By Elsa Court

Living in a foreign country raises all kinds of questions, both practical and emotional: how do you define yourself and how are you characterised by your adopted homeland? This series relates the experiences of a French woman in the UK and, in previous parts, a British woman in Hong Kong.

Isabel Waidner is a German-born writer and teacher of creative writing at the University of Roehampton in south London who identifies as gender queer and prefers to be referred to by a non-binary pronoun (“they”). Unlike me or most of the expats I know, they did not move to the UK in their early twenties to study or start a career. They moved here in the mid-1990s because of London’s queer culture and community.

“London and, I guess by extension, British culture has always represented a level of queer freedom that was unavailable to me at home,” they say. “I come from the Black Forest, a rural part of southern Germany, and I was longing to escape my traditional upbringing.

“Incidentally, I had a gay uncle whose partner was a very camp English man and, to me, at a young age, I had a strong feeling that I would be freer as a queer person in the UK.”

A quarter of a century on, judging by Waidner’s recent decision to apply for British citizenship by naturalisation, it seems at least on that front, UK culture did not disappoint.

When we speak, Waidner refers to their second novel, We Are Made of Diamond Stuff, as their one, and hopefully only, “Brexit novel”. In the book, a 36-year-old queer immigrant working in various precarious jobs in the UK, mostly in hotels and restaurant kitchens, applies for — but fails to secure — British citizenship.

“This would have been me six years ago,” they tell me. “Had I applied then, without a secure permanent job like the one I have now, I am pretty sure I would not have obtained citizenship.”

Citizenship was never part of Waidner’s plan, but they say Brexit has introduced a new level of uncertainty to their and their partner’s life. “I mostly applied to get citizenship in order to secure my relationship with my partner, who is British,” they say.

In Waidner’s view, queer relationships are already precarious, and settling their status as a UK resident and citizen felt necessary. Through this experience, they have written a novel telling a story that will be familiar to many queer migrants: that of not belonging in the country that initially gave them the freedom to live their life authentically.

Isabel Waidner wrote their novel in English rather than their native German

Given Waidner’s choice of pronoun to refer to themselves in English, I wonder to what extent the freedom they found in the UK can be connected to linguistic differences. French, for example, has less scope for gender-neutral pronouns. Even verb participles are marked by their grammatical subject’s gender.

I ask Waidner if it is the same in German. It is similar, they say, while confessing that they do not know, for instance, if there is an option for a non-binary pronoun in their first language. “I’ve never been part of Germany’s queer culture,” they say. “As an adult, I’ve always been a Londoner.”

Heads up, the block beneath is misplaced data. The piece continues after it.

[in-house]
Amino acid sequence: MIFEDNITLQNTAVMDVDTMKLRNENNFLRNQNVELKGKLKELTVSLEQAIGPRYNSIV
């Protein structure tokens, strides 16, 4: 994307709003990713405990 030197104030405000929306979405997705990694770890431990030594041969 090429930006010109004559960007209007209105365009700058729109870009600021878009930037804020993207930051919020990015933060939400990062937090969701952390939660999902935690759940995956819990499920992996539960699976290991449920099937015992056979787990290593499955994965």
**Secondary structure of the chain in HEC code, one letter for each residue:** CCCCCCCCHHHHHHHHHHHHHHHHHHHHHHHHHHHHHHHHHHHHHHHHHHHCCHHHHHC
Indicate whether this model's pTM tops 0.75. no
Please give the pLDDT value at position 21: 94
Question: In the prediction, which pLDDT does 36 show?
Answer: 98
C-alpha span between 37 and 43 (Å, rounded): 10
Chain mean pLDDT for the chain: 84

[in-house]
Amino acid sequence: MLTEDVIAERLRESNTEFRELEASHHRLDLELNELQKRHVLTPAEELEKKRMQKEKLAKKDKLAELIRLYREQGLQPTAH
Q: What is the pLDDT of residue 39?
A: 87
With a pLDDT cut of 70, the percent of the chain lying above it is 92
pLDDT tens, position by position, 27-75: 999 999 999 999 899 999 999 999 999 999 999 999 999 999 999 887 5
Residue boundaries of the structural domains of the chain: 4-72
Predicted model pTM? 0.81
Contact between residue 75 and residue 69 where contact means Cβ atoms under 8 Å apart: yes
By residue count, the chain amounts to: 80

Of course, Berlin, like other big German cities, has its own queer culture, which is far from negligible. In an essay for The White Review last year, British writer Julia Bell, who lectures in creative writing at Birkbeck, University of London, wrote about the Berlin techno club Berghain, which as a historically gay venue remains a space of queer emancipation despite its increasing popularity outside the queer community. She presents Berlin as offering room for queer sexual liberation from the constraints of British culture.

Berlin’s Berghain techno club, increasingly popular with a non-queer crowd

Waidner is aware of this view of Berlin, but in both their and Bell’s case, it is the departure to a foreign city that has been liberating. The conclusion Waidner and I seem to have reached is that sometimes you need more of a reinvention than your own country can offer.

“In moving country, I lost some of the homophobia and prejudices I had internalised since childhood,” Waidner says.

This, they believe, is at play in their writing, which in turn, they feel, is adding to contemporary British literature. Though it is too early to tell how a wave of naturalised citizens might inform UK culture in the long run, Waidner thinks Britishness, in the context of Brexit, should be discussed anew to recognise the cultural diversity in British society.

At an event in January organised by the Goldsmiths Writers’ Centre at the University of London, Waidner spoke with Spanish author Agustín Fernández Mallo about European literature and identity. While Fernández Mallo’s novel was coming out in English translation, Waidner’s latest work was written in English.

Asked to what extent their continental European origin informed their writing, Waidner joked that their recent naturalisation as a British citizen was equally important to understand their work from a cultural point of view. In a gesture that made me smile in the audience, they grabbed their jumper with two fingers and said: “This is the new British.”

You can read more articles from our Expat identities series here

Photographs: Alamy; Jacob Love; Getty Images





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